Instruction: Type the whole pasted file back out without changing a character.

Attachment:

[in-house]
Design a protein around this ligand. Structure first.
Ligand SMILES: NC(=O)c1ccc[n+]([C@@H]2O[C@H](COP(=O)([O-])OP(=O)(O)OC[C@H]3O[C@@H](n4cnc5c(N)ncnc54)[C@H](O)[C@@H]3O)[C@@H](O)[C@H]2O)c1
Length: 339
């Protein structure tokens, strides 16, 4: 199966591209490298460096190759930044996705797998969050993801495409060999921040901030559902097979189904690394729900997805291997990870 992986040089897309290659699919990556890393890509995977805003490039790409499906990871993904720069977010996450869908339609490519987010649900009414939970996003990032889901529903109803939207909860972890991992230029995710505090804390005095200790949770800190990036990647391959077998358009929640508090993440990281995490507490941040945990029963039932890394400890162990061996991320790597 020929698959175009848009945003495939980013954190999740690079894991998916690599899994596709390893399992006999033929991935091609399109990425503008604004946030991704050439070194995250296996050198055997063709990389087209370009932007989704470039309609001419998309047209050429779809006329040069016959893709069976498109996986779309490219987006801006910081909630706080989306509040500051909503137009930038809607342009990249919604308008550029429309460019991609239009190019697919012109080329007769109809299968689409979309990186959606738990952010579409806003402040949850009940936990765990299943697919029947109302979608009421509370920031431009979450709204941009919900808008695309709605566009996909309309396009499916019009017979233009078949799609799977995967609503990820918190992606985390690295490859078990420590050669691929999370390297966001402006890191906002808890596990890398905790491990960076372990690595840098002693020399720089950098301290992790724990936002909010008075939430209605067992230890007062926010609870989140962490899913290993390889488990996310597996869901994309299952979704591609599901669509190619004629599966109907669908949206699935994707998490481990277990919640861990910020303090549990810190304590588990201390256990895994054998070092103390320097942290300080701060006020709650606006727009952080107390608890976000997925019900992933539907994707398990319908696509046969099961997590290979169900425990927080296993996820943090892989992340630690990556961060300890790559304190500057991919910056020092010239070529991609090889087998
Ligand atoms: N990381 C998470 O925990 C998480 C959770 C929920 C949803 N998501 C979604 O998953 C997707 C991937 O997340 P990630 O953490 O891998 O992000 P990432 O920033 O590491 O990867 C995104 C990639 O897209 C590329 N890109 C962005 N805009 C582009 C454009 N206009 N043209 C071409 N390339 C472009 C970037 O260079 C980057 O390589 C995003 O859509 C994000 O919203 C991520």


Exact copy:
[in-house]
Design a protein around this ligand. Structure first.
Ligand SMILES: NC(=O)c1ccc[n+]([C@@H]2O[C@H](COP(=O)([O-])OP(=O)(O)OC[C@H]3O[C@@H](n4cnc5c(N)ncnc54)[C@H](O)[C@@H]3O)[C@@H](O)[C@H]2O)c1
Length: 339
């Protein structure tokens, strides 16, 4: 199966591209490298460096190759930044996705797998969050993801495409060999921040901030559902097979189904690394729900997805291997990870 992986040089897309290659699919990556890393890509995977805003490039790409499906990871993904720069977010996450869908339609490519987010649900009414939970996003990032889901529903109803939207909860972890991992230029995710505090804390005095200790949770800190990036990647391959077998358009929640508090993440990281995490507490941040945990029963039932890394400890162990061996991320790597 020929698959175009848009945003495939980013954190999740690079894991998916690599899994596709390893399992006999033929991935091609399109990425503008604004946030991704050439070194995250296996050198055997063709990389087209370009932007989704470039309609001419998309047209050429779809006329040069016959893709069976498109996986779309490219987006801006910081909630706080989306509040500051909503137009930038809607342009990249919604308008550029429309460019991609239009190019697919012109080329007769109809299968689409979309990186959606738990952010579409806003402040949850009940936990765990299943697919029947109302979608009421509370920031431009979450709204941009919900808008695309709605566009996909309309396009499916019009017979233009078949799609799977995967609503990820918190992606985390690295490859078990420590050669691929999370390297966001402006890191906002808890596990890398905790491990960076372990690595840098002693020399720089950098301290992790724990936002909010008075939430209605067992230890007062926010609870989140962490899913290993390889488990996310597996869901994309299952979704591609599901669509190619004629599966109907669908949206699935994707998490481990277990919640861990910020303090549990810190304590588990201390256990895994054998070092103390320097942290300080701060006020709650606006727009952080107390608890976000997925019900992933539907994707398990319908696509046969099961997590290979169900425990927080296993996820943090892989992340630690990556961060300890790559304190500057991919910056020092010239070529991609090889087998
Ligand atoms: N990381 C998470 O925990 C998480 C959770 C929920 C949803 N998501 C979604 O998953 C997707 C991937 O997340 P990630 O953490 O891998 O992000 P990432 O920033 O590491 O990867 C995104 C990639 O897209 C590329 N890109 C962005 N805009 C582009 C454009 N206009 N043209 C071409 N390339 C472009 C970037 O260079 C980057 O390589 C995003 O859509 C994000 O919203 C991520």